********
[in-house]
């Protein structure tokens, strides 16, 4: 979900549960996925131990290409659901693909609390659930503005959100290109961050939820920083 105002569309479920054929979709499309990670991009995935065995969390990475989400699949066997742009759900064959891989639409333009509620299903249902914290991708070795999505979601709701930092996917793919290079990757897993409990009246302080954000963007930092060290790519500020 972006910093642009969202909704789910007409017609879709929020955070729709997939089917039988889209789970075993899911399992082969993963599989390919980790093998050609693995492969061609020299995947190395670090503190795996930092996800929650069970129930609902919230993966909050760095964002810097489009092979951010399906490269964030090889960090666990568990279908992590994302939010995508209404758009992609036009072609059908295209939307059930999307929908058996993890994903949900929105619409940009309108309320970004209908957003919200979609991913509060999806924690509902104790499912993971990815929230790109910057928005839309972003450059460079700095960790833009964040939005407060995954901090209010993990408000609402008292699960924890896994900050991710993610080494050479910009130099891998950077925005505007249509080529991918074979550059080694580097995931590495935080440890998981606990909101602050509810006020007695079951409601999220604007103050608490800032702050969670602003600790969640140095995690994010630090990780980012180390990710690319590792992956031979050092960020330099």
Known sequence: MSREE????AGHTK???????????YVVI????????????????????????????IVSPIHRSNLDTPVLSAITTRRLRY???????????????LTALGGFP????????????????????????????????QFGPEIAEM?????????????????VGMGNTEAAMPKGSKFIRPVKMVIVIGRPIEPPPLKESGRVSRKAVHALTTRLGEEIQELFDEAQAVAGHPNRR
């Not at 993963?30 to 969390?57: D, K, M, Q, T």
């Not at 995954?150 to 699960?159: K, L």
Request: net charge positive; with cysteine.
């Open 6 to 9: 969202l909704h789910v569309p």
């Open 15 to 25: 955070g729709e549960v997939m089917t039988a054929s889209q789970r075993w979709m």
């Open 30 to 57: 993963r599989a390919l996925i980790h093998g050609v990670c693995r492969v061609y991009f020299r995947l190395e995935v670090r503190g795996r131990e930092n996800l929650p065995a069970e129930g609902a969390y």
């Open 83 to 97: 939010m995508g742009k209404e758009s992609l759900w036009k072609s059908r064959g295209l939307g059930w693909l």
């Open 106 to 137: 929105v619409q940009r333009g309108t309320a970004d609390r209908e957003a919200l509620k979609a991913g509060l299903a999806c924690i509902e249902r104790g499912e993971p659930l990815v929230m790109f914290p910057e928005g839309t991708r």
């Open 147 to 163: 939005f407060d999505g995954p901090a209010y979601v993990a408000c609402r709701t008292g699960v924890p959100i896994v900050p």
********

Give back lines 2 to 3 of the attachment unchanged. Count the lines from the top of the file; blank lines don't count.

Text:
């Protein structure tokens, strides 16, 4: 979900549960996925131990290409659901693909609390659930503005959100290109961050939820920083 105002569309479920054929979709499309990670991009995935065995969390990475989400699949066997742009759900064959891989639409333009509620299903249902914290991708070795999505979601709701930092996917793919290079990757897993409990009246302080954000963007930092060290790519500020 972006910093642009969202909704789910007409017609879709929020955070729709997939089917039988889209789970075993899911399992082969993963599989390919980790093998050609693995492969061609020299995947190395670090503190795996930092996800929650069970129930609902919230993966909050760095964002810097489009092979951010399906490269964030090889960090666990568990279908992590994302939010995508209404758009992609036009072609059908295209939307059930999307929908058996993890994903949900929105619409940009309108309320970004209908957003919200979609991913509060999806924690509902104790499912993971990815929230790109910057928005839309972003450059460079700095960790833009964040939005407060995954901090209010993990408000609402008292699960924890896994900050991710993610080494050479910009130099891998950077925005505007249509080529991918074979550059080694580097995931590495935080440890998981606990909101602050509810006020007695079951409601999220604007103050608490800032702050969670602003600790969640140095995690994010630090990780980012180390990710690319590792992956031979050092960020330099």
Known sequence: MSREE????AGHTK???????????YVVI????????????????????????????IVSPIHRSNLDTPVLSAITTRRLRY???????????????LTALGGFP????????????????????????????????QFGPEIAEM?????????????????VGMGNTEAAMPKGSKFIRPVKMVIVIGRPIEPPPLKESGRVSRKAVHALTTRLGEEIQELFDEAQAVAGHPNRR